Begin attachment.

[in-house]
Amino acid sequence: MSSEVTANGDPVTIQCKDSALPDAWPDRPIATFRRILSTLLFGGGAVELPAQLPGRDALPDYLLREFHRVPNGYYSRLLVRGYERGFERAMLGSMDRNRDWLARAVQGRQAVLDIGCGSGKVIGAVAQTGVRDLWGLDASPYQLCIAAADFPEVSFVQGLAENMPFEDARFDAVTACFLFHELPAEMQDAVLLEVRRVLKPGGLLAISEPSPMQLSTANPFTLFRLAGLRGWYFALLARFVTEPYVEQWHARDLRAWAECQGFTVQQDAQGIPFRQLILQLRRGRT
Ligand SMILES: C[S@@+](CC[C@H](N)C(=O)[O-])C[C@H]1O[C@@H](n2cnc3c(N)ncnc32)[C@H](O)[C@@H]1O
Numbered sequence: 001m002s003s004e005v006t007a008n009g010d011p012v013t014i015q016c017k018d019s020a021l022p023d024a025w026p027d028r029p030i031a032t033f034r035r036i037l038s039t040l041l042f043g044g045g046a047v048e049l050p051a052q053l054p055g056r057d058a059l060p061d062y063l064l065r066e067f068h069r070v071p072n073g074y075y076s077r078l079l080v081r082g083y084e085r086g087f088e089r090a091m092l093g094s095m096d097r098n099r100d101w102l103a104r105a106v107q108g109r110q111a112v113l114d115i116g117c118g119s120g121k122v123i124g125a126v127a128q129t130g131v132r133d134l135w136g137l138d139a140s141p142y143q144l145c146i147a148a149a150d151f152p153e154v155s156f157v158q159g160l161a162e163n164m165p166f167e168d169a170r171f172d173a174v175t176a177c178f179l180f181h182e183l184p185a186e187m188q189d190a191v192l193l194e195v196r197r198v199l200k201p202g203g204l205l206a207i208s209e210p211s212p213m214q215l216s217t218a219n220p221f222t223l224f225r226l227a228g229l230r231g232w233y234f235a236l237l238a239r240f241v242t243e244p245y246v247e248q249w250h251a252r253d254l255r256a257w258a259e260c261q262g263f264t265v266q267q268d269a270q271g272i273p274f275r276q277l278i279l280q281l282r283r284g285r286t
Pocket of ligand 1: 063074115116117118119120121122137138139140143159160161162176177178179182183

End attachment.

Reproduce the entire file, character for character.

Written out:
[in-house]
Amino acid sequence: MSSEVTANGDPVTIQCKDSALPDAWPDRPIATFRRILSTLLFGGGAVELPAQLPGRDALPDYLLREFHRVPNGYYSRLLVRGYERGFERAMLGSMDRNRDWLARAVQGRQAVLDIGCGSGKVIGAVAQTGVRDLWGLDASPYQLCIAAADFPEVSFVQGLAENMPFEDARFDAVTACFLFHELPAEMQDAVLLEVRRVLKPGGLLAISEPSPMQLSTANPFTLFRLAGLRGWYFALLARFVTEPYVEQWHARDLRAWAECQGFTVQQDAQGIPFRQLILQLRRGRT
Ligand SMILES: C[S@@+](CC[C@H](N)C(=O)[O-])C[C@H]1O[C@@H](n2cnc3c(N)ncnc32)[C@H](O)[C@@H]1O
Numbered sequence: 001m002s003s004e005v006t007a008n009g010d011p012v013t014i015q016c017k018d019s020a021l022p023d024a025w026p027d028r029p030i031a032t033f034r035r036i037l038s039t040l041l042f043g044g045g046a047v048e049l050p051a052q053l054p055g056r057d058a059l060p061d062y063l064l065r066e067f068h069r070v071p072n073g074y075y076s077r078l079l080v081r082g083y084e085r086g087f088e089r090a091m092l093g094s095m096d097r098n099r100d101w102l103a104r105a106v107q108g109r110q111a112v113l114d115i116g117c118g119s120g121k122v123i124g125a126v127a128q129t130g131v132r133d134l135w136g137l138d139a140s141p142y143q144l145c146i147a148a149a150d151f152p153e154v155s156f157v158q159g160l161a162e163n164m165p166f167e168d169a170r171f172d173a174v175t176a177c178f179l180f181h182e183l184p185a186e187m188q189d190a191v192l193l194e195v196r197r198v199l200k201p202g203g204l205l206a207i208s209e210p211s212p213m214q215l216s217t218a219n220p221f222t223l224f225r226l227a228g229l230r231g232w233y234f235a236l237l238a239r240f241v242t243e244p245y246v247e248q249w250h251a252r253d254l255r256a257w258a259e260c261q262g263f264t265v266q267q268d269a270q271g272i273p274f275r276q277l278i279l280q281l282r283r284g285r286t
Pocket of ligand 1: 063074115116117118119120121122137138139140143159160161162176177178179182183